Someone Stop This Man Before He Writes Again
Thomas Friedman is at it again, in a New York Times op-ed that begins thusly, with a quote from Lewis Mumford regarding the decline of Rome:
“Everyone aimed at security: no one accepted responsibility. What was plainly lacking, long before the barbarian invasions had done their work, long before economic dislocations became serious, was an inner go. Rome’s life was now an imitation of life: a mere holding on. Security was the watchword — as if life knew any other stability than through constant change, or any form of security except through a constant willingness to take risks.”
It was one of those history passages that echo so loudly in the present that it sends a shiver down my spine — way, way too close for comfort.
Thank you, o mighty Mustache of Understanding.
Ok, so this time Friedman’s not responsible for the stupid quote (though he does get to it later on, as we’ll see), but he does manage to embarrass himself by finding it so compelling. I’m going out on a limb a bit here by taking on Mumford’s quote because he was a much smarter man than Friedman (who isn’t?), but the fact is, what brought down Rome wasn’t a helpless flailing for security but a corrupt oligarchy like the one we have now. In that regard, the parallels are correct. At some point around the demise of the Republic, a handful of wealthy families decided that their wealth and its further accumulation was the only thing that mattered, and from that point on, the empire that followed was doomed. When protecting and enhancing the wealth of the few is the highest objective, things like competent administration of territories, security, and public welfare all tend to go by the wayside, with the inevitable result that the whole edifice becomes weakened both from without and within until it can no longer sustain its own weight.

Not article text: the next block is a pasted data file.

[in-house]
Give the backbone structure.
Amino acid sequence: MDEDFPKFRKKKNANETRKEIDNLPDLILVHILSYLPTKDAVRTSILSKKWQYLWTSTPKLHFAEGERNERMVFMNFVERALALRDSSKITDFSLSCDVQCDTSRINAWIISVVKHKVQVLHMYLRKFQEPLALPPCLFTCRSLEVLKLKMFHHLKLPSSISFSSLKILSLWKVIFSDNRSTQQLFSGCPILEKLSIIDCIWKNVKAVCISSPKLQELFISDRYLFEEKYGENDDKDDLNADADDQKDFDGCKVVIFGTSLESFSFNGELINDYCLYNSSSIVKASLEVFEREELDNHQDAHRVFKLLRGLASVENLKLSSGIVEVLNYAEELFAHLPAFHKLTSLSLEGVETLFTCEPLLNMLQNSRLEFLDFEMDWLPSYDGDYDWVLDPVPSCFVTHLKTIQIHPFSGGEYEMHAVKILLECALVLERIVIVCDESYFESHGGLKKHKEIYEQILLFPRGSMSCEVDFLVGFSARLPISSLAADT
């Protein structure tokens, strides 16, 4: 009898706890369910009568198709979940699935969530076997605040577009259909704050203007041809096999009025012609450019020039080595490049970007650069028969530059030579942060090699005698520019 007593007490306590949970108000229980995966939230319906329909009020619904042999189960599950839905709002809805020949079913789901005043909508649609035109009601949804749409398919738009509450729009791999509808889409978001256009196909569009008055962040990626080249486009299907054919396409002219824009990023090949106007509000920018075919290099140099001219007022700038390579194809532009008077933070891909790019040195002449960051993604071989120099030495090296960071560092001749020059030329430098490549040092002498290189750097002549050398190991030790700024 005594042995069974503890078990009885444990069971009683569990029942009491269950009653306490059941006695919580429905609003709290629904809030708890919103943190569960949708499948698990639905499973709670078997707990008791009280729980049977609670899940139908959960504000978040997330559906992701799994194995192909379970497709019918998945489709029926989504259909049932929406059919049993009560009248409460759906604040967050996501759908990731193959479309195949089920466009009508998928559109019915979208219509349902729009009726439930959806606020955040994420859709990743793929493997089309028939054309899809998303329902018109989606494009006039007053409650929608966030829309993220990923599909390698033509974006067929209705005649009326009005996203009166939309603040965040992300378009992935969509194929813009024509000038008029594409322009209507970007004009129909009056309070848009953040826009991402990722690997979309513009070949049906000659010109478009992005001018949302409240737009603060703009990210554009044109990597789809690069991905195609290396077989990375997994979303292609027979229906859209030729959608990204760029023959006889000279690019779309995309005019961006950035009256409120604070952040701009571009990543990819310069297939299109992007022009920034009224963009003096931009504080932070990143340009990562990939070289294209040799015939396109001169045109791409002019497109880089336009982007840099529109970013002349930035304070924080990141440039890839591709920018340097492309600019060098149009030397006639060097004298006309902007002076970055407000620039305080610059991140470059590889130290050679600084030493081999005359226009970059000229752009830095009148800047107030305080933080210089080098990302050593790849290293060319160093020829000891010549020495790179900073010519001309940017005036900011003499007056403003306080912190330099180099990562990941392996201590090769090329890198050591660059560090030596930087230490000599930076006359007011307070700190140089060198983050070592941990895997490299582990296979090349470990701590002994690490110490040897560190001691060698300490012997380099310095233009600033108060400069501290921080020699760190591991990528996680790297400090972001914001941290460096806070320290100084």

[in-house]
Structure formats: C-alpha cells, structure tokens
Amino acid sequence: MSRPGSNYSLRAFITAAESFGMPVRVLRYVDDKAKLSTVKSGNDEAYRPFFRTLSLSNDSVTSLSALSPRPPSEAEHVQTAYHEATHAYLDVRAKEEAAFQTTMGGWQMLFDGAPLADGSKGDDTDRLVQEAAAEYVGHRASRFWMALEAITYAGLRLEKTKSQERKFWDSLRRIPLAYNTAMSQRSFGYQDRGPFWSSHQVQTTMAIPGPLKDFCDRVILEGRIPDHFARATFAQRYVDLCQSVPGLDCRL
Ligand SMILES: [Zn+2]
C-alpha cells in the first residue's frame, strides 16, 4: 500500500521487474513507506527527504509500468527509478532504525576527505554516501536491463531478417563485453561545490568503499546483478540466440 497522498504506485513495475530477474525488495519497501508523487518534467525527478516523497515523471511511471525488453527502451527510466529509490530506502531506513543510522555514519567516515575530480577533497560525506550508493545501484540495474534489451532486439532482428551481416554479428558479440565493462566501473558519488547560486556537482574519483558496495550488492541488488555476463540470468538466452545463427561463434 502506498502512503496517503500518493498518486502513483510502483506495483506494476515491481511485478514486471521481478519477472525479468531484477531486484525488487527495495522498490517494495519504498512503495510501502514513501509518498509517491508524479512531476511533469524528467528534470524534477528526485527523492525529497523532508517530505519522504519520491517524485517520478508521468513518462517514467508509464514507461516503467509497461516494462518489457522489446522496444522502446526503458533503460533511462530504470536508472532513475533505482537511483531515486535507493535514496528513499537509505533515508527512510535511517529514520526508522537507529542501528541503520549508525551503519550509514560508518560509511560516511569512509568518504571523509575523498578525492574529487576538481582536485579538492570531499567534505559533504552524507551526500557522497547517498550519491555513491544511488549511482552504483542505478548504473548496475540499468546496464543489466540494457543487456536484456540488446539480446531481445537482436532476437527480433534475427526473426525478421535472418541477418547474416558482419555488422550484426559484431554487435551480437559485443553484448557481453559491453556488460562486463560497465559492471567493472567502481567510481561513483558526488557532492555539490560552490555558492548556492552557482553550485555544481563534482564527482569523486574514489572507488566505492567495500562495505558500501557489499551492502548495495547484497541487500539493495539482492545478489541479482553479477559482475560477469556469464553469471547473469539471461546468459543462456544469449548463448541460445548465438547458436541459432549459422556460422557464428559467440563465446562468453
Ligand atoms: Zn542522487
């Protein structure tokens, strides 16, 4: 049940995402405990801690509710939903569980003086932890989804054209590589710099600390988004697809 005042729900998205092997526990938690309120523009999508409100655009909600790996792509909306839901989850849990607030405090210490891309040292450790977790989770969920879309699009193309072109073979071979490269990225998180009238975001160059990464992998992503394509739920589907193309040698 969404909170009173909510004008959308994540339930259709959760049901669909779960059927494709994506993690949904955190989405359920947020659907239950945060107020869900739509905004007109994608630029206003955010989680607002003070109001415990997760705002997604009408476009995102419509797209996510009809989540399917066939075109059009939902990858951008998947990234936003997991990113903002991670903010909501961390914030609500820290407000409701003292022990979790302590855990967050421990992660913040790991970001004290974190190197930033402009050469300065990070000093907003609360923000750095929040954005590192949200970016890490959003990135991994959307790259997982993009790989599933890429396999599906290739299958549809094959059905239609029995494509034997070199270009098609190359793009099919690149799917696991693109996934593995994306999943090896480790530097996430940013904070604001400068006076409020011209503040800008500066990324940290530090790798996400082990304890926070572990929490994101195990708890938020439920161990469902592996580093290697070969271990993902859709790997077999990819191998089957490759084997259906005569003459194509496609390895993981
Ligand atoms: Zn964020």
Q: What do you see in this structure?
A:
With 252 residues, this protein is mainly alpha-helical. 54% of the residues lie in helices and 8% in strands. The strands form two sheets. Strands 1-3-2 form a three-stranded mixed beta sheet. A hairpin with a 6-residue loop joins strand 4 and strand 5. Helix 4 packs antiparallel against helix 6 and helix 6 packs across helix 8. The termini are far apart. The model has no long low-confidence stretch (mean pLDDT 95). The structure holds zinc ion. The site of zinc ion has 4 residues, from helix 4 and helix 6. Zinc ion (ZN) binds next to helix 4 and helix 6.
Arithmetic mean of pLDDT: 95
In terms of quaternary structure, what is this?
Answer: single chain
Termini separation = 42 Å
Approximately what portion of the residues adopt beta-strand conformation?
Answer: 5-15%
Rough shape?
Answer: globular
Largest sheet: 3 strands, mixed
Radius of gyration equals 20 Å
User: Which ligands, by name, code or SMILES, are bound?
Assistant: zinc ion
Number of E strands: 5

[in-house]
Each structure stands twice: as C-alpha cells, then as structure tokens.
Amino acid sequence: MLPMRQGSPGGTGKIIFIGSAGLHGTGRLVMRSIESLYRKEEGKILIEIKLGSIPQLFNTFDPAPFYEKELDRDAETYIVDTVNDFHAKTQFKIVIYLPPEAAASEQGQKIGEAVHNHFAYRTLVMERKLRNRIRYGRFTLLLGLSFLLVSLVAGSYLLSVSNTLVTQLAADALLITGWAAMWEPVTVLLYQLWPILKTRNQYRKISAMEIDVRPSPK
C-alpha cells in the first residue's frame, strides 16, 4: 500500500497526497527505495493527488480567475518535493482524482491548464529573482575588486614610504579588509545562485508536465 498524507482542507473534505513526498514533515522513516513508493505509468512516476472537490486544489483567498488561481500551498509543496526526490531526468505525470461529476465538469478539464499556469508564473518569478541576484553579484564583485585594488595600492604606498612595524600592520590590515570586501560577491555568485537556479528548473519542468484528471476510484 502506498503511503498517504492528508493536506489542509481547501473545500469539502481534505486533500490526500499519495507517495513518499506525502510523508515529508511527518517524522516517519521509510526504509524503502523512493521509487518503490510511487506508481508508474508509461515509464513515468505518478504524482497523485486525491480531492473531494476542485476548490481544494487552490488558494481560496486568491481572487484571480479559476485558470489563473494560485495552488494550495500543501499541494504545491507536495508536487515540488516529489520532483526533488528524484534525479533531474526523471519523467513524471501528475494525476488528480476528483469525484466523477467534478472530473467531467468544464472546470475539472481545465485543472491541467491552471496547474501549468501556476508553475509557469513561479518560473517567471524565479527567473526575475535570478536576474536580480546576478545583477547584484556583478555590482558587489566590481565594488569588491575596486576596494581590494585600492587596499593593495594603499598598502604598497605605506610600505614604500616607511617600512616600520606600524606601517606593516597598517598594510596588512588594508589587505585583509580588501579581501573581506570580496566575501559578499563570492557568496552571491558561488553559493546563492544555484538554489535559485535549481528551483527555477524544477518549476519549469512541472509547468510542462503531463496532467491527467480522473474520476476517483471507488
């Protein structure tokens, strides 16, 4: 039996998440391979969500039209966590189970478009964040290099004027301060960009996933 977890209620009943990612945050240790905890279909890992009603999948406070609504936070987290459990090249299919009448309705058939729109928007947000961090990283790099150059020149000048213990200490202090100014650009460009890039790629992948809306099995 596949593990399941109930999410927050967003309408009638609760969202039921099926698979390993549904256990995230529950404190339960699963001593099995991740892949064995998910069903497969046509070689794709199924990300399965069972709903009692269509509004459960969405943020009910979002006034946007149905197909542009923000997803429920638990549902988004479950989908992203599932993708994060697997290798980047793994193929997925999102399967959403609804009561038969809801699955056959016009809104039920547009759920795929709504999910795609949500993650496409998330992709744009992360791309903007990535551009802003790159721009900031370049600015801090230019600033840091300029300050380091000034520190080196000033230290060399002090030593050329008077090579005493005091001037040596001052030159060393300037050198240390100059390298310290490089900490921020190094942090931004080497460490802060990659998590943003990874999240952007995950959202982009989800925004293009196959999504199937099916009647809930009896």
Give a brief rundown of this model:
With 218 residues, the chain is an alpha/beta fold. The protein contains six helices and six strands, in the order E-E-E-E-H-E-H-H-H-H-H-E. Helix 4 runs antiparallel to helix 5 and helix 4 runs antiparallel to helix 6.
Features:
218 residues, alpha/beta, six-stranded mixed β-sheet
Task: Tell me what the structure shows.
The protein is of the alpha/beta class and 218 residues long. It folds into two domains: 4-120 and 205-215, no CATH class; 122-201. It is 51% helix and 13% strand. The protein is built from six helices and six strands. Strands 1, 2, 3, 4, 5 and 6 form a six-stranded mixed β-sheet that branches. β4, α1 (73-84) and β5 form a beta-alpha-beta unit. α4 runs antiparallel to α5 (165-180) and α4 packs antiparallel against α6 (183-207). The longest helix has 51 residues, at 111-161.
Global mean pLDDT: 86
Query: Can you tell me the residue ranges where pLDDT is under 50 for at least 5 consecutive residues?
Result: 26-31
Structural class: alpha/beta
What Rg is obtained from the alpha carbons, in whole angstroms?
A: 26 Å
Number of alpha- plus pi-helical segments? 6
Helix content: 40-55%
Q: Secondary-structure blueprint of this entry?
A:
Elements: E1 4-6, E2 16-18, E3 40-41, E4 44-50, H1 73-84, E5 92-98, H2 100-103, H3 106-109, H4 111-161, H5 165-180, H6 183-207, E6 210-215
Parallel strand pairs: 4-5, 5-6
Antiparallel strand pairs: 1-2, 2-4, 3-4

I can understand why this terrifies Friedman, given that he’s married to the billionaire heiress of a shopping center fortune (a fortune which has been whittled down quite a bit during these past couple of years, arguing for the existence of a just God). He, and people like him, are who the whole edifice is propping up now.
But the real hilarity comes with Friedman’s prescription for the way forward:
There is a revolution brewing in the country, and it is not just on the right wing but in the radical center.
“Radical center?” WTF? Where does he come up with this crap? This reminds me of the time I caught a snippet of right-wing radio while travelling cross-country – the only bit I caught was some buford warning about “…these radical Buddhists…” which makes you wonder, what exactly does a “radical Buddhist” do? Nothing – at all?
But I digress. Friedman can always be counted on to put the “moron” in “oxymoron” as he’s done here. He goes on to identify the sterling attributes this “radical center” will embody:
We have to rip open this two-party duopoly and have it challenged by a serious third party that will talk about education reform, without worrying about offending unions; financial reform, without worrying about losing donations from Wall Street; corporate tax reductions to stimulate jobs, without worrying about offending the far left; energy and climate reform, without worrying about offending the far right and coal-state Democrats; and proper health care reform, without worrying about offending insurers and drug companies.
There’s so much stupid there that it’s going to take a few sentences to deconstruct.